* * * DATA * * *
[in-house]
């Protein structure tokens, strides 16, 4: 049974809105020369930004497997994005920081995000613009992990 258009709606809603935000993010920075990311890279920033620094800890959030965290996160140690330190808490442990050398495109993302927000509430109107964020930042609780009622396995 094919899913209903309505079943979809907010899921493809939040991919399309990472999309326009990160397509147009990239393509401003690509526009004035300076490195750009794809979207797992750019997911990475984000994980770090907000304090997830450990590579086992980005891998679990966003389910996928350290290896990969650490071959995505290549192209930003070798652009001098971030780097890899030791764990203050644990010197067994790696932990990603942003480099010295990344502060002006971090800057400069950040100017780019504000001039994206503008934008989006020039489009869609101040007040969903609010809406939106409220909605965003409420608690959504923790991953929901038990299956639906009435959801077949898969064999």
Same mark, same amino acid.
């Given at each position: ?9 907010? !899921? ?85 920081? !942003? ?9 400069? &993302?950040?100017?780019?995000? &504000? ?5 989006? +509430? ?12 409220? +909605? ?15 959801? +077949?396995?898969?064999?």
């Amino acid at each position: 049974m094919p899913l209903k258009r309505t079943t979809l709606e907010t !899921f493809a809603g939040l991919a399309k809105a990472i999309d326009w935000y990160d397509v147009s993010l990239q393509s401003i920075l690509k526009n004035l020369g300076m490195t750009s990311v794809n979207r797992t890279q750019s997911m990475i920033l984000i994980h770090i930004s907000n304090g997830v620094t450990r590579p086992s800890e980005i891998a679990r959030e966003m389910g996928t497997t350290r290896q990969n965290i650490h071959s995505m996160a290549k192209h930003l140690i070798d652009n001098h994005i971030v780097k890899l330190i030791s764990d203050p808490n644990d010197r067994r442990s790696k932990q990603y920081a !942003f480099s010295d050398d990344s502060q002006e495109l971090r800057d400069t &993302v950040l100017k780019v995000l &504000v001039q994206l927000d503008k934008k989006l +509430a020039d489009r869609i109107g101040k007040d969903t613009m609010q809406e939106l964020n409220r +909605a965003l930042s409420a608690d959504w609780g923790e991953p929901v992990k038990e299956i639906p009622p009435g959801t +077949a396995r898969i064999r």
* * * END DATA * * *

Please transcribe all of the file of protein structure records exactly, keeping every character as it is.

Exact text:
[in-house]
């Protein structure tokens, strides 16, 4: 049974809105020369930004497997994005920081995000613009992990 258009709606809603935000993010920075990311890279920033620094800890959030965290996160140690330190808490442990050398495109993302927000509430109107964020930042609780009622396995 094919899913209903309505079943979809907010899921493809939040991919399309990472999309326009990160397509147009990239393509401003690509526009004035300076490195750009794809979207797992750019997911990475984000994980770090907000304090997830450990590579086992980005891998679990966003389910996928350290290896990969650490071959995505290549192209930003070798652009001098971030780097890899030791764990203050644990010197067994790696932990990603942003480099010295990344502060002006971090800057400069950040100017780019504000001039994206503008934008989006020039489009869609101040007040969903609010809406939106409220909605965003409420608690959504923790991953929901038990299956639906009435959801077949898969064999």
Same mark, same amino acid.
């Given at each position: ?9 907010? !899921? ?85 920081? !942003? ?9 400069? &993302?950040?100017?780019?995000? &504000? ?5 989006? +509430? ?12 409220? +909605? ?15 959801? +077949?396995?898969?064999?």
């Amino acid at each position: 049974m094919p899913l209903k258009r309505t079943t979809l709606e907010t !899921f493809a809603g939040l991919a399309k809105a990472i999309d326009w935000y990160d397509v147009s993010l990239q393509s401003i920075l690509k526009n004035l020369g300076m490195t750009s990311v794809n979207r797992t890279q750019s997911m990475i920033l984000i994980h770090i930004s907000n304090g997830v620094t450990r590579p086992s800890e980005i891998a679990r959030e966003m389910g996928t497997t350290r290896q990969n965290i650490h071959s995505m996160a290549k192209h930003l140690i070798d652009n001098h994005i971030v780097k890899l330190i030791s764990d203050p808490n644990d010197r067994r442990s790696k932990q990603y920081a !942003f480099s010295d050398d990344s502060q002006e495109l971090r800057d400069t &993302v950040l100017k780019v995000l &504000v001039q994206l927000d503008k934008k989006l +509430a020039d489009r869609i109107g101040k007040d969903t613009m609010q809406e939106l964020n409220r +909605a965003l930042s409420a608690d959504w609780g923790e991953p929901v992990k038990e299956i639906p009622p009435g959801t +077949a396995r898969i064999r």